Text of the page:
The research in our laboratory focuses on developing optical techniques and the application of these techniques in elucidating fundamental biophysical processes and improving human healthcare.

1.  Developing optical technologies in bioimaging

Second order susceptibility microscopy                              

       Nonlinear phenomena such as multiphoton fluorescence excitation and second harmonic generation have been successfully applied to the imaging of biological structures. Unlike one-photon processes, two-photon excitation (lowest order of multiphoton excitation process) involves the simultaneous absorption of two less energetic photons in molecular excitation (Fig. 1). In this manner, molecular excitation is limited to the focal volume, minimizing photodamage to biological specimens. Furthermore, limited excitation focal volume also allows axial image sectioning to be achieved. Finally, the near-infrared photons used in two-photon excitation can penetrate deeper into biological specimens, enabling in-depth imaging to be achieved. These advantages have enabled multiphoton fluorescence excitation microscopy to be the preferred technique in a wide arry of bioimaging applications. Second harmonic generation, the nonlinear polarization response of non-centrosymmetric materials, share the common advantages as multiphoton fluorescence excitation and is also widely used in studying biological systems.

 

  

Fig. 1 Principles of two-photon fluorescence excitation. In one-photon excitation (left), the molecule is excited by the absorption of one UV or visible photon. In two-photon excitation (right), two near-infrared photons are simultaneous absorbed by the molecule in reaching the excited state.

      In addition to conduct research with multiphoton excitation fluorescence and second harmonic generation microscopy, we found that the second order susceptibility of can also be used as a contrast mechanism for imaging non-centrosymmetric tissues such as collagen. Since collagen is the most abundant mammalian protein responsible for key roles in maintain the structure and function in human physiology, the development of an imaging technique capable of resolving different collagen types is important in collagen biophysics and may be applied to tissue engineering in constructing tissues for organ repair. We found that second order susceptibility microscopy (SOSM) can be used to discriminate types I and II collagen. Specifically, the second order susceptibility ratios of (cxzx/czxx)  and (czzz/czxx) for the two types of collagen are different. These differences can be converted to images to identify the presence of each molecular species (Fig. 2).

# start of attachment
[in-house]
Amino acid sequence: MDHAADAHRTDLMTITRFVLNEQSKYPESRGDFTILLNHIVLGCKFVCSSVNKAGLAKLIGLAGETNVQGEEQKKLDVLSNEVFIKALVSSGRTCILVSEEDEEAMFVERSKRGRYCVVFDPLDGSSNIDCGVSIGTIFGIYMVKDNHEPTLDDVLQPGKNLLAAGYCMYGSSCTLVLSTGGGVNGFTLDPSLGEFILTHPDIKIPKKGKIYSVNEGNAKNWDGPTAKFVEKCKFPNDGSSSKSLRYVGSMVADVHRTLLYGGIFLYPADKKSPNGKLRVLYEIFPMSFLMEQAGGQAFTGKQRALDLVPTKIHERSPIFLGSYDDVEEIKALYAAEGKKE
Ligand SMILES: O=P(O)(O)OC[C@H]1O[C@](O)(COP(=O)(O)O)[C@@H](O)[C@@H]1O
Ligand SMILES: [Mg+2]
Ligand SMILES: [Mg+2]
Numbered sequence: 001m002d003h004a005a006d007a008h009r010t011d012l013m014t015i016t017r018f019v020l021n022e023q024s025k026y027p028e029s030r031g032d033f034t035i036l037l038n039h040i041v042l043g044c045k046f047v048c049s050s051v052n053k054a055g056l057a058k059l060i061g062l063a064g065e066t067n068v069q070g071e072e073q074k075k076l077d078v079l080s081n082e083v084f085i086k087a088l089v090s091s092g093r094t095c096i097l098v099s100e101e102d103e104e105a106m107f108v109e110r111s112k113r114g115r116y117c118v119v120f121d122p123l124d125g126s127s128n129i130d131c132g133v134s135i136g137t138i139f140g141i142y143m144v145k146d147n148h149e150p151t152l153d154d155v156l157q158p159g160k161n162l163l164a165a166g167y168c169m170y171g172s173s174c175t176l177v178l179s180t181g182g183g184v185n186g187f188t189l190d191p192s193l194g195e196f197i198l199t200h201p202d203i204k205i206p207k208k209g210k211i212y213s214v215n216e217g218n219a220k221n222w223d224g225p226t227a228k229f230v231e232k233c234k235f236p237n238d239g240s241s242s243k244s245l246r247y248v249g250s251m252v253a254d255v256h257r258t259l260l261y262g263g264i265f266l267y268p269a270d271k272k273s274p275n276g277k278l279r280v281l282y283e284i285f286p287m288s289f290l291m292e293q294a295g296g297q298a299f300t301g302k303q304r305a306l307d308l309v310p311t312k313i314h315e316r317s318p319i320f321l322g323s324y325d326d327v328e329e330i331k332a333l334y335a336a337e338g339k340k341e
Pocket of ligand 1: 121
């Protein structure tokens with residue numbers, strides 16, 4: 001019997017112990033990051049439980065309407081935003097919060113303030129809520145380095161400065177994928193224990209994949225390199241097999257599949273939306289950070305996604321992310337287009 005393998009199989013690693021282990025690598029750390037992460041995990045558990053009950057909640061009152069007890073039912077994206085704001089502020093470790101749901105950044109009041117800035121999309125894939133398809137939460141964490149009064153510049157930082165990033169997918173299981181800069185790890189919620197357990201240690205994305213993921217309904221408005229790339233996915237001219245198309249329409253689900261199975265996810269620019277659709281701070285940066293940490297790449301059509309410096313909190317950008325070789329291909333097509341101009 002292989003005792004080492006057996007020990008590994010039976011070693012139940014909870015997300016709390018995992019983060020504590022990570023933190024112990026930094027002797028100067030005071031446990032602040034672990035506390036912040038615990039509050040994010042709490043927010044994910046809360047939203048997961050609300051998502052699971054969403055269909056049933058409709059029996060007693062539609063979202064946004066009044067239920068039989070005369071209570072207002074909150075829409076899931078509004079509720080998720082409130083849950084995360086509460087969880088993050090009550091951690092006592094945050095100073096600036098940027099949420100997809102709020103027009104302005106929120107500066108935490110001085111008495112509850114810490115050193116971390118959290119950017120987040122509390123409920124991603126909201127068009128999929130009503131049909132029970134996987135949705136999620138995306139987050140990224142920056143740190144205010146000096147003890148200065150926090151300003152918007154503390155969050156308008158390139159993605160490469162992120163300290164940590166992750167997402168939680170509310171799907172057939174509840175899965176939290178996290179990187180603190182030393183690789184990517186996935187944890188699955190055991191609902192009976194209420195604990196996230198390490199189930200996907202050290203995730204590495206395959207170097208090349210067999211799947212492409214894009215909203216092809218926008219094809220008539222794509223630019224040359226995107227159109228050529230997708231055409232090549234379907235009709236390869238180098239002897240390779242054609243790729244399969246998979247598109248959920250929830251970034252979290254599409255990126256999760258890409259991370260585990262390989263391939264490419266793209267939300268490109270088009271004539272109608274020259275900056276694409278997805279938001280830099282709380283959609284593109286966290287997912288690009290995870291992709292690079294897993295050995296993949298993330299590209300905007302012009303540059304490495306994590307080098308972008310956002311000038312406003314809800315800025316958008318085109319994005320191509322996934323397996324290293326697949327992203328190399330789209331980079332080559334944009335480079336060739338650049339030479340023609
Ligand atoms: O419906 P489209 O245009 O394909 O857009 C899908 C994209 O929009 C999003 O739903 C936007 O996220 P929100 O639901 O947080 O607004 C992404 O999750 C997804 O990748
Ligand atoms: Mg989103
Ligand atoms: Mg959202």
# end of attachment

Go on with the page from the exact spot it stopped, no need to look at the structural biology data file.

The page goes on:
Fig. 2 Second order susceptibility images of engineered cartilage from human mesenchymal stem cells. (A) and (B) are the (cxzx/czxx)  and (czzz/czxx) resolved images respectively. Yellow arrows indicate location of type I collagen while the green arrows show the presence of type II collagen.

Femtosecond laser ablation

      In addition to microscopic imaging, focused laser beam can also be used to modify biological structures on a microscopic scale. As shown in Fig. 3, after scanning a focused beam of femtosecond, titanium-sapphire laser across a collagen fiber, the fiber can be severed. The precise control of biological structure at the micron-scale enable studying the effects of opto-mechanical perturbation on the evolution of different constituents of organisms and may provide a way to create tissues of desired spatial organization.

 

     

Fig. 3 Femtosecond laser ablation can be used to alter the structure of collagen fiber from rat tail tendon. (A) and (B) are the respective second harmonic generation images of the tendon before and after light induced excision (along the blue line shown in (B)). Scale bar: 20 μm.

2.  Elucidation of biophysical processes

Nanoparticle transport in biological systems